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The popularity of shows like "Storage Wars," hosted by Dan and Laura Dotson, left and center, have driven up the prices overeager bidders have been willing to pay for items found in storage units.
Think you can be the next Storage Warrior? You aren’t alone.
Attendance at auctions of items in storage units whose owners have failed to pay their bills has soared thanks to the popularity of “Storage Wars,” “Auction Hunters” and shows like them, as have prices for the goods inside them. SquareFoot.com, which tracks the industry, reports that one of its clients has seen units that once fetched $75 to $125 command prices of as much as $500. The size of some crowds at sales has quintupled.
Not everyone associated with storage auctions is happy with how popular the auctions have become.
“The buyers that used to be the regulars … are long gone because they will not pay the prices that these new crop of buyers are willing to do,” said Colorado auctioneer Rich Schur, adding that the values attributed to items discovered on TV shows are “highly optimistic.”’
Take the stash of newspapers announcing Elvis Presley’s death found by Dave Hester on “Storage Wars,” which the show said were valued at $90,000. Newspapers from the 20th century are generally not valuable because hundreds of thousands of copies of them are sold at a time, which means they are not scarce. Big stories, such as the death of the “King of Rock 'n’ Roll” were printed in millions of papers. The Elvis papers are still for sale and are occasionally given away as promotional items by Storage Treasurers.com, a site co-founded by Dan and Laura Dotson, the auctioneers featured on “Storage Wars.”
“Sometimes the guys evaluate their stuff by perceived value, or future value depending on the length of time it takes to sell it or them,” said Dan Dotson in an email. “Dave sells those Elvis papers every day on eBay for $15 each; it may take him several lifetimes to get his 90K, but eventually the value will be recognized.”
Most stuff found in storage units is mundane household goods — furniture, kitchenware and clothes — that varies greatly in quality. Few people store their most prized possessions in a storage locker, and those that do probably have the sense to remove them before they become delinquent in their rent for the unit. Skilled buyers, nonetheless, can make a few bucks off many sales by unloading the contents at swap meets or through online sources such as craigslist, provided they can buy them at the right price.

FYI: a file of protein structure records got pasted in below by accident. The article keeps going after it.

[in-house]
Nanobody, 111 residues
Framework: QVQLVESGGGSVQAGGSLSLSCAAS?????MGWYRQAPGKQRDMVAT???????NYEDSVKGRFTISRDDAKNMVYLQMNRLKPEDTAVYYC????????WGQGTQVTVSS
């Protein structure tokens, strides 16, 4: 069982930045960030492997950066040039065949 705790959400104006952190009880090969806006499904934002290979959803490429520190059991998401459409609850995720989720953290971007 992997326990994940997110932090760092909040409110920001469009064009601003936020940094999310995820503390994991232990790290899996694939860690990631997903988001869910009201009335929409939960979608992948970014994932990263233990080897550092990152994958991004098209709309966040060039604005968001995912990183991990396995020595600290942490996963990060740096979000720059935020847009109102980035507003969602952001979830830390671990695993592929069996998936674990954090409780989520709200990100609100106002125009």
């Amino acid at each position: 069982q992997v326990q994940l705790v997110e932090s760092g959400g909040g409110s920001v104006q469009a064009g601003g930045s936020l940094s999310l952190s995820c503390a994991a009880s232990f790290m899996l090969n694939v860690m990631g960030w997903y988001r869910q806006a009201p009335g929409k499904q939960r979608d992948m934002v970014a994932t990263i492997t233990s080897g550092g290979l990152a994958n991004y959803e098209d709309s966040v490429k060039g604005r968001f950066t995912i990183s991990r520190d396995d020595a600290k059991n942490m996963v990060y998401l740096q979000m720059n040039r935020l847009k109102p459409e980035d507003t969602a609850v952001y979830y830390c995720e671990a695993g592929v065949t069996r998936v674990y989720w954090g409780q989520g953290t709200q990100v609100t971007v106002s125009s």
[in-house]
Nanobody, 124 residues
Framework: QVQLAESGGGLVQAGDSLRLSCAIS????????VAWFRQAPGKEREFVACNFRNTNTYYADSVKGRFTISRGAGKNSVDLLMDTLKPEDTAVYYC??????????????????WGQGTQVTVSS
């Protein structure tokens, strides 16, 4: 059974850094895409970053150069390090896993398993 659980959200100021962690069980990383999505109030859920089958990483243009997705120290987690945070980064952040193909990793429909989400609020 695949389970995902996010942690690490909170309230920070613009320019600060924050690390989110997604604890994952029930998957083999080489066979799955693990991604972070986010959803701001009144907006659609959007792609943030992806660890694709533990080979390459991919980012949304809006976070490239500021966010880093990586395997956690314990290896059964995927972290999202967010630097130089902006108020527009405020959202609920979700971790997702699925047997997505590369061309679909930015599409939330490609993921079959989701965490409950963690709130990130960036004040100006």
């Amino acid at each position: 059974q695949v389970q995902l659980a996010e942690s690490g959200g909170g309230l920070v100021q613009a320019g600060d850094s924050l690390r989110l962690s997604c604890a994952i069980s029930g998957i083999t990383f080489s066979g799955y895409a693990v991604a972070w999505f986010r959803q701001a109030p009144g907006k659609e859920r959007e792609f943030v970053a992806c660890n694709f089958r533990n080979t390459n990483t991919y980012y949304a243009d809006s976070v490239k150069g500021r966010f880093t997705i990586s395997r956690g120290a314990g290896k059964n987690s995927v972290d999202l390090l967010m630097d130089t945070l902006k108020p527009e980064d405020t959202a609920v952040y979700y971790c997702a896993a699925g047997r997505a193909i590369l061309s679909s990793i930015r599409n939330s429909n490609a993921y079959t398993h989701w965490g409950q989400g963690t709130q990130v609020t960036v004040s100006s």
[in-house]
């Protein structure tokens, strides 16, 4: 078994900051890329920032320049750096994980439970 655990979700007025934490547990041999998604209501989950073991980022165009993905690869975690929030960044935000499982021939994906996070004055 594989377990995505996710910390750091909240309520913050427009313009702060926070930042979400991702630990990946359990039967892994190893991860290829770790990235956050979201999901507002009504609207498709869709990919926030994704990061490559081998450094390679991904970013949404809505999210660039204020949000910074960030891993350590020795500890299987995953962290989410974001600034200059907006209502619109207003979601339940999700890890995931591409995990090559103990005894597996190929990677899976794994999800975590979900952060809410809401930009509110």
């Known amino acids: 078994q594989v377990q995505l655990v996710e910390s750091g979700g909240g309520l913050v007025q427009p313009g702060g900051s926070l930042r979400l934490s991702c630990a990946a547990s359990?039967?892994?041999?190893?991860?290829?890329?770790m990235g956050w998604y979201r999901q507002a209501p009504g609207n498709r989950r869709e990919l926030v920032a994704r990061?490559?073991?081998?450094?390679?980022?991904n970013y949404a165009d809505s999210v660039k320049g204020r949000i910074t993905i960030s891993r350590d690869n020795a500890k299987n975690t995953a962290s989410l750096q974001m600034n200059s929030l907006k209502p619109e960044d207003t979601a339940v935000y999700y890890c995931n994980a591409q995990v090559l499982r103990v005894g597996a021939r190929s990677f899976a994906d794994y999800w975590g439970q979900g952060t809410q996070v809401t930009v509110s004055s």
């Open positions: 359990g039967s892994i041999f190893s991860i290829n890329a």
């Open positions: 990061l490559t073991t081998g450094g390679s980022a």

Sometimes buyers are stuck holding items until the right buyer emerges. Indeed, the third-generation auctioneer, added in an interview that if someone told him that they quit their jobs and decided to become a storage buyer full-time without previous experience, he would advise them to try and get their old job back.
“I don’t want people to think that it’s easy because it’s not,” he said.
Many buyers, such as Allen Haff of “Storage Hunters," wind up having to store their storage treasures in warehouses, the cost of which eats into profits.The shows also make it appear that experts will be willing to appraise their items for free, when often they demand a fee to render their opinion.
“The first season I took a pay cut to do the show,” he said, adding that he is doing better although he said that he is dependent on buying storage lockers to earn a living. “The editors make our jobs look a lot easier than it is.”
Of course, some people make big scores. Last year, someone found real pirate’s gold at one of the auctions conducted by American Auctioneers, the auction company run by the Dotsons. The trove was valued at $500,000, well above the $1,000 the buyer spent on the unit. A trove of items owned by Madonna was found at another American Auctioneers sale.
The crowds may start to pick up again. A spokeswoman for A&E, which broadcasts “Storage Wars” and its sister show “Storage Wars Texas,” told NBC News that “We are always exploring (creating new shows in ) other cities but have nothing to report now."
Jonathan Berr is a freelance writer. Follow him on Twitter @jdberr.